(Queens Bench Division; Plender J; 29 February 2008)
A bankruptcy order made against the husband shortly before the ancillary relief hearing prevented the making of a property adjustment order in the wifes favour. The husband died shortly afterwards. The wife claimed damages from her ancillary relief solicitors, on the basis that they had negligently failed to protect her from the effect of the husbands bankruptcy.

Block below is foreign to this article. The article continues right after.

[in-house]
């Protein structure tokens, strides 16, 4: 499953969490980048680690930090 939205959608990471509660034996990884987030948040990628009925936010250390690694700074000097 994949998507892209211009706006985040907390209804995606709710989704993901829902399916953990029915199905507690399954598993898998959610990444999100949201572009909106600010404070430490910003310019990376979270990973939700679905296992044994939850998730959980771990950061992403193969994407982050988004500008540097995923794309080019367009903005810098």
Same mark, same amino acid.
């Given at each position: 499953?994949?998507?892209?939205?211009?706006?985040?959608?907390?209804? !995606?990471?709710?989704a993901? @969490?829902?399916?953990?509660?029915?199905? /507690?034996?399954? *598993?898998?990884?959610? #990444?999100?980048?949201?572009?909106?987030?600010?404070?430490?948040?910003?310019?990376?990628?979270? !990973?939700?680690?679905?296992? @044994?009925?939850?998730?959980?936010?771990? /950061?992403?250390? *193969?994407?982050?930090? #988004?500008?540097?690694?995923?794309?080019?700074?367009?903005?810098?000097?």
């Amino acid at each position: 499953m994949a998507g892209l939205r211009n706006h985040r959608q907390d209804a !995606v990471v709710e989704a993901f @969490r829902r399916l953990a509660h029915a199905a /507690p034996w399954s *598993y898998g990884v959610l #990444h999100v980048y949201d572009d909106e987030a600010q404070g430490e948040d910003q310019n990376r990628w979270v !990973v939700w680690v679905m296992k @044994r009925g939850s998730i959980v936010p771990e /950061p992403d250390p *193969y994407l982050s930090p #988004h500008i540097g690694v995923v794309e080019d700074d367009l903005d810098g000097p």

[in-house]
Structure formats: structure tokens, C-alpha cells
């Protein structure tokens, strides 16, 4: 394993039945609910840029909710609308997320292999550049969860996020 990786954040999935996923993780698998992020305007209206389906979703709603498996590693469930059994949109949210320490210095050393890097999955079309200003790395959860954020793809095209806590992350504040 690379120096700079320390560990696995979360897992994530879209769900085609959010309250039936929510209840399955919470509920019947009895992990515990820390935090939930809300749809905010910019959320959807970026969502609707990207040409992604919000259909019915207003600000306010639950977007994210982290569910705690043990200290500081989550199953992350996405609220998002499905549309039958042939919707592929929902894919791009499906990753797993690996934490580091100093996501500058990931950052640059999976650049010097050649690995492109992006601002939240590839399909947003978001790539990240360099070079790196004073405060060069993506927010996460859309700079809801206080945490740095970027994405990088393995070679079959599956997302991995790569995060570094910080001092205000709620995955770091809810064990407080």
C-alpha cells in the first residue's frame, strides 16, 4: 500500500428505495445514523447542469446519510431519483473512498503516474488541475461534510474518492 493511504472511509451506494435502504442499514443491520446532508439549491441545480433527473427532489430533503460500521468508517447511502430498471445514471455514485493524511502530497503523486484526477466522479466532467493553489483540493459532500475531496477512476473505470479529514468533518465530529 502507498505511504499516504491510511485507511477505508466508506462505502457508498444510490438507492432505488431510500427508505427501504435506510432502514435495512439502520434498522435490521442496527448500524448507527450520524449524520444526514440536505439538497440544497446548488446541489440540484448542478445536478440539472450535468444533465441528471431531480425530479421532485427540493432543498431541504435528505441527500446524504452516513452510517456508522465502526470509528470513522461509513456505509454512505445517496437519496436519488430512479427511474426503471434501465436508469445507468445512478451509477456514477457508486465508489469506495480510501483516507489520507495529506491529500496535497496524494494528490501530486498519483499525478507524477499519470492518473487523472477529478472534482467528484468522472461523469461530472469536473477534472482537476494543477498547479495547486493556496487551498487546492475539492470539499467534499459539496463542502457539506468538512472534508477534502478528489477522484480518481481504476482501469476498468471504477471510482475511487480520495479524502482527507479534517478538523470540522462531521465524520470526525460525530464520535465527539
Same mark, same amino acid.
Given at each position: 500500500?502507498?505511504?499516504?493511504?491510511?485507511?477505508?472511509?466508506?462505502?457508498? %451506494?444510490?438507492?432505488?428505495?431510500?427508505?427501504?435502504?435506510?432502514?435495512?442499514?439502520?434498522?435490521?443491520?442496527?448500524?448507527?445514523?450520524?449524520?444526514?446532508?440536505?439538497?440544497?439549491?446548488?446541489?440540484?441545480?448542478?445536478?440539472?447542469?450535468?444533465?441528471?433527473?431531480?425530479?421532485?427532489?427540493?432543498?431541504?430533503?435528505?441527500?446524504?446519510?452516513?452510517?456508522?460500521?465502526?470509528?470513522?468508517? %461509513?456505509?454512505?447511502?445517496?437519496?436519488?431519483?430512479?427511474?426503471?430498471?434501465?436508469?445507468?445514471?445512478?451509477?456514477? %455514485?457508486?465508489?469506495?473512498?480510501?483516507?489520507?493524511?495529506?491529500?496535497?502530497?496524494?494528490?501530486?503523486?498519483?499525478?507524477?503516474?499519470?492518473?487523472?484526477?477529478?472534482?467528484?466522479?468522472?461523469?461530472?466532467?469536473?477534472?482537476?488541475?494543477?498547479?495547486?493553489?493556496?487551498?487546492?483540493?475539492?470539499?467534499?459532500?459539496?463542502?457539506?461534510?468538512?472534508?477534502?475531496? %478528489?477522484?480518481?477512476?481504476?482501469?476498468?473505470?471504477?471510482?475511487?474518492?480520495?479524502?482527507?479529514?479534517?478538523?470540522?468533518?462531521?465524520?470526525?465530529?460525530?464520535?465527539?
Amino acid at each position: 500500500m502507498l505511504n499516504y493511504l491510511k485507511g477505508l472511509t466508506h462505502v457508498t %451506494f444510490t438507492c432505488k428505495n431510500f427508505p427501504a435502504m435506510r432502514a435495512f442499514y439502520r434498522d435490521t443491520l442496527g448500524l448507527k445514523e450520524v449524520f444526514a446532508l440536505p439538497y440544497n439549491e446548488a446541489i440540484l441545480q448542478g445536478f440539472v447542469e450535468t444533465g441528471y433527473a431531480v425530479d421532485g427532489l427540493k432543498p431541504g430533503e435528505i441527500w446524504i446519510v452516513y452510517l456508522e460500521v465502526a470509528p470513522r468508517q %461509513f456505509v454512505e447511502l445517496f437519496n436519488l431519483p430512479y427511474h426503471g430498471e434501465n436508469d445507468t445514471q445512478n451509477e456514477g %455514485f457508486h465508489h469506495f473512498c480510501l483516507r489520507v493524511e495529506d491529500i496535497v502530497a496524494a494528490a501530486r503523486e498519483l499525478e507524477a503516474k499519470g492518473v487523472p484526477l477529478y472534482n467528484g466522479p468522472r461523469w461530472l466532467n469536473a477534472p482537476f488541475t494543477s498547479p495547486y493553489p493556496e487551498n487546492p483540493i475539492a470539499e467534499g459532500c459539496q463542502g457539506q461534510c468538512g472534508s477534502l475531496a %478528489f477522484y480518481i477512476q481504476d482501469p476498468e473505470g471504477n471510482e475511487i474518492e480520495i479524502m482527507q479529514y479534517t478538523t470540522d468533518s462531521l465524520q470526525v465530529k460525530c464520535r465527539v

A competent solicitor should have foreseen a risk that the insolvency of the husband might adversely affect the wifes claim to ancillary relief and the solicitors in this case ought to have warned the wife of that risk and advised her. However, advice as to the risk would not have prevented the loss, unless there had been some specific action the wife could have taken. The wife was very far from showing that if she had been advised as to the consequence on her claim of the husbands bankruptcy she would have achieved a settlement of that claim; on the evidence, the prospects of a negotiated settlement were no more than fanciful. Only an earlier hearing of the case in the county court, culminating in an immediate or early property adjustment order would have secured the wifes interests before the intervention of the bankruptcy petition; there had been no appreciable chance of the solicitors achieving that by any efforts that they could reasonably have been expected to undertake.